[wp-hackers] Caching as part of the core

Mike Schinkel mike at newclarity.net
Thu Jul 19 23:01:20 UTC 2012

At the risk of wading into the deep end... :)

I think "Should caching be in core or not?" is the wrong question.  As I think Andrew Gray implied, core should have APIs that enable different types of caching and maybe a "Core plugin" (please don't shoot me for that one :-) that offers a very basic level of caching for those who need it but are afraid to explore the wild west of the plugin repository (or is could just be a regular plugin in the repository.)

Otto explained it well, there are (at least) two types of caching, page and object, and he also explained how complex it can be.  And where there is complexity there is functionality that could benefit from a lot of eyes and a lot of hands.  There are caching patterns to be discovered and turned into an API if only there is will to include such an API in core. One team working on one website typically cannot afford the time to learn what they need to know to get caching right, even with available plugins; "it takes a village."

As an aside the sites our team works on don't use caching yet even though they really need them because of the complexity of the available caching plugins and the relative lack of technical articles surrounding those plugins. So we've stayed away to avoid the problems associated with caching plugins that don't have the support of core (i.e.  I'm pretty sure at least WP Total Cache makes on-the-fly modifications to core, for example.)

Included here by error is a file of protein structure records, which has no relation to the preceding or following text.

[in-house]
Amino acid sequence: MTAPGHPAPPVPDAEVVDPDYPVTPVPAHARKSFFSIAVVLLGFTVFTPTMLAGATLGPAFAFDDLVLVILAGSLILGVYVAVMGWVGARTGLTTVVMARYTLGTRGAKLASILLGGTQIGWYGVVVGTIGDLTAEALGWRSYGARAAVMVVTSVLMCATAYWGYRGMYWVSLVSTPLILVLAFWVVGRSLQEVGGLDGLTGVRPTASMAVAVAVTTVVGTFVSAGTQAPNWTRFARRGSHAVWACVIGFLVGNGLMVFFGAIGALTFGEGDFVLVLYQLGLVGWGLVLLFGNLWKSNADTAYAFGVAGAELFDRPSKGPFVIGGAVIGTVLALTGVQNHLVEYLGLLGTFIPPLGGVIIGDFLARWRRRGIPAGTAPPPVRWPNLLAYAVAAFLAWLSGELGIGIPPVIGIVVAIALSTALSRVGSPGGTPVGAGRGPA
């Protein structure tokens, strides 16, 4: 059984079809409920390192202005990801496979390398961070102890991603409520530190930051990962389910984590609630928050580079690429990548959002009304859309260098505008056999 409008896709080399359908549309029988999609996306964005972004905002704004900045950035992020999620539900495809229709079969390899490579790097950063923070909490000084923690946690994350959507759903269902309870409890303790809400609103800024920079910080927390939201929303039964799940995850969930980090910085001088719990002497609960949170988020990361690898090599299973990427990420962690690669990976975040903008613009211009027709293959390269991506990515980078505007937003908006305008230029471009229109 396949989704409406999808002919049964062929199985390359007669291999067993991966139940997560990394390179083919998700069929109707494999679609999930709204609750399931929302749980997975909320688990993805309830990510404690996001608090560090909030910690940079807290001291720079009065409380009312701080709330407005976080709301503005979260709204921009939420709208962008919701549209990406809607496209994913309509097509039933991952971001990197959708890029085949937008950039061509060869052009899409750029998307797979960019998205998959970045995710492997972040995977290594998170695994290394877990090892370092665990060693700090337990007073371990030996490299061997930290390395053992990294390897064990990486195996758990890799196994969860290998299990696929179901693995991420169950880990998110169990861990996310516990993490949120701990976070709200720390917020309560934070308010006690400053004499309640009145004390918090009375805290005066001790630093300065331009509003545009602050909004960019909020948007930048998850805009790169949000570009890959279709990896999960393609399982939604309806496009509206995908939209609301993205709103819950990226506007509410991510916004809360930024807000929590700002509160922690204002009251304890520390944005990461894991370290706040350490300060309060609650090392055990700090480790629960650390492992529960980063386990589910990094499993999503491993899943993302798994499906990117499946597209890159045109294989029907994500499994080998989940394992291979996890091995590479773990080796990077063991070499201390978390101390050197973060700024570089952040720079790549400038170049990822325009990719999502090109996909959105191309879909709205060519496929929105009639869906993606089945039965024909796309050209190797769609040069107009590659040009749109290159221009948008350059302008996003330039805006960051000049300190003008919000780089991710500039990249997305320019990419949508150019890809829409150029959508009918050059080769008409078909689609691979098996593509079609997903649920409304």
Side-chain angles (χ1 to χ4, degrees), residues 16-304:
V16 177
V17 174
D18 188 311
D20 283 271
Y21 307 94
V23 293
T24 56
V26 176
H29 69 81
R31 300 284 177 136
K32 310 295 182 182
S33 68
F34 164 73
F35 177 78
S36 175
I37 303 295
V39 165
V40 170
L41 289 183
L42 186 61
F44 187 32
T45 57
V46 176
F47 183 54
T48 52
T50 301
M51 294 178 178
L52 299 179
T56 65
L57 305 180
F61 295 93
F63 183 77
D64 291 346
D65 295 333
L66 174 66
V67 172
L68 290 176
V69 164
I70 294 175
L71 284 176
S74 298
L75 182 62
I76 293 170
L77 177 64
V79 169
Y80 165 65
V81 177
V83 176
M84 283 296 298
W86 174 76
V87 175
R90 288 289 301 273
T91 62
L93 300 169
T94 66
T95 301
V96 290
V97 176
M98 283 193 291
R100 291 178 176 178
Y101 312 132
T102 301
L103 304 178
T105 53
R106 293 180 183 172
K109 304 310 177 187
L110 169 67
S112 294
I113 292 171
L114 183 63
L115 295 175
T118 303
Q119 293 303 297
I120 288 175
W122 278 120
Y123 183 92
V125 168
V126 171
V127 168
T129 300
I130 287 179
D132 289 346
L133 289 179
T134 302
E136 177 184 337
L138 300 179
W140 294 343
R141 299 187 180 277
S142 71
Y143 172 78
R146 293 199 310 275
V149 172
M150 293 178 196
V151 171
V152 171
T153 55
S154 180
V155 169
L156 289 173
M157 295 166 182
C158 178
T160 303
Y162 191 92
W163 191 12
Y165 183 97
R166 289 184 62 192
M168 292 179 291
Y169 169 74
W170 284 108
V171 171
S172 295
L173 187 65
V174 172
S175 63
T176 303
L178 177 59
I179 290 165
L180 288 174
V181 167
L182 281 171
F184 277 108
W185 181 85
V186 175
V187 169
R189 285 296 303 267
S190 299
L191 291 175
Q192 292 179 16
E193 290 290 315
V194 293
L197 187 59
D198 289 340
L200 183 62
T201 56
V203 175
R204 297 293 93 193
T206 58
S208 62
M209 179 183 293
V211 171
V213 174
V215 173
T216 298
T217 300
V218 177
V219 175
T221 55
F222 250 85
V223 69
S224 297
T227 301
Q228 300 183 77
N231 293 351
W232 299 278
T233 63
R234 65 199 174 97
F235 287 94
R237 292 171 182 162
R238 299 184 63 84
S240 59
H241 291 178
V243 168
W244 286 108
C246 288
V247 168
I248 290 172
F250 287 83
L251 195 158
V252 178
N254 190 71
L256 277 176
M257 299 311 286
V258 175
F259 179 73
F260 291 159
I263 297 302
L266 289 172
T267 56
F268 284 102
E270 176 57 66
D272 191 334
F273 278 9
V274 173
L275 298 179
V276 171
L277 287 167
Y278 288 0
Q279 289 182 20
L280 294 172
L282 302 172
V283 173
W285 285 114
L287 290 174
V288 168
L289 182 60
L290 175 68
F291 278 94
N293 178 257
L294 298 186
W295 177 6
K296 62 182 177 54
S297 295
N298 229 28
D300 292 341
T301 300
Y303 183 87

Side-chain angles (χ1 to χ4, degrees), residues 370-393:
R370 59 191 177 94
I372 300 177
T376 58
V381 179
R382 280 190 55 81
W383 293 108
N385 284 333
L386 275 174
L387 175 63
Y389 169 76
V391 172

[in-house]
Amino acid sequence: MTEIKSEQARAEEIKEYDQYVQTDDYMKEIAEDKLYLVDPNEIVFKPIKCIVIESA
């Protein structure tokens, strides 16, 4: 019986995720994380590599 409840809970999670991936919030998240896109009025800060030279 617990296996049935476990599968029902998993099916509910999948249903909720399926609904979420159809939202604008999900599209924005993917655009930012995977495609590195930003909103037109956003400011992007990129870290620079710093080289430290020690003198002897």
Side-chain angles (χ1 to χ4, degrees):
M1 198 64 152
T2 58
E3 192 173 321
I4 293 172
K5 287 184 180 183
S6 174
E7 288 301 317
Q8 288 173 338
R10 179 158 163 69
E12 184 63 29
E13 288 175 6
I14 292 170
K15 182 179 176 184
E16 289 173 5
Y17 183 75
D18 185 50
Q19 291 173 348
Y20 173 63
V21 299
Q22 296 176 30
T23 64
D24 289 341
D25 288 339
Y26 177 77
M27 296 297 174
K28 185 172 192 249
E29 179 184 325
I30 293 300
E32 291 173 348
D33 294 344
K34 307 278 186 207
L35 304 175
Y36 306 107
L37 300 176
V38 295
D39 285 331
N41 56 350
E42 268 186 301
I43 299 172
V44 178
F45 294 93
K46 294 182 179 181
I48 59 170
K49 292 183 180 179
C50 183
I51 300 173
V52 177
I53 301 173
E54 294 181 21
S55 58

If we instead had core caching APIs, there would be hundreds of articles written about them, and at least one of them I expect would be be a very well written article from Otto.

As is, caching is a black art that only a handful of people have really worked on because in part core doesn't have a caching API. And AFAIK none of the plugins available have APIs that can be extended. Instead they are plugins that provide a smorgasbord of functionality which is great as long as you don't have any reason to get into the weeds to understand it yourself and what you need is on their menu. 

So in summary, I would love to see WordPress implement standard caching *APIs* in core that would enable more people to fine tune their caching and so 3rd party caching plugins could be easier to install and be made more reliable.

JMTCW anyway.



On Jul 19, 2012, at 12:57 PM, Otto wrote:
> Finally, here's the key point about caching: *most users don't need
> it*. If you're a person writing a blog that gets less than 1000 hits a
> day, caching ain't going to do much for you. Not really. Sure, your
> site might go from 5 seconds down to >1 second load times, but if
> you're not getting the traffic anyway, then cache isn't going to make
> your traffic increase in any real way. When you start getting some
> real traffic, 3000+ hits a day, that's when you need caching. That's
> when speed of load starts to really matter. The majority of
> WordPress's 70 million+ users aren't getting particularly serious
> traffic. Most websites don't, you know.

In this particular case you are dooming the 5 second page load to a self-fulfilling prophesy of no traffic; at 5 second page loads Google will rank the site lower and likely send them very little traffic. So this argument is just not valid.  

OTOH if a site is already fast because of not much content and few performance draining plugins, well that's a better argument.  WordPress 3.4 is actually really fast, kudos to the team for that.

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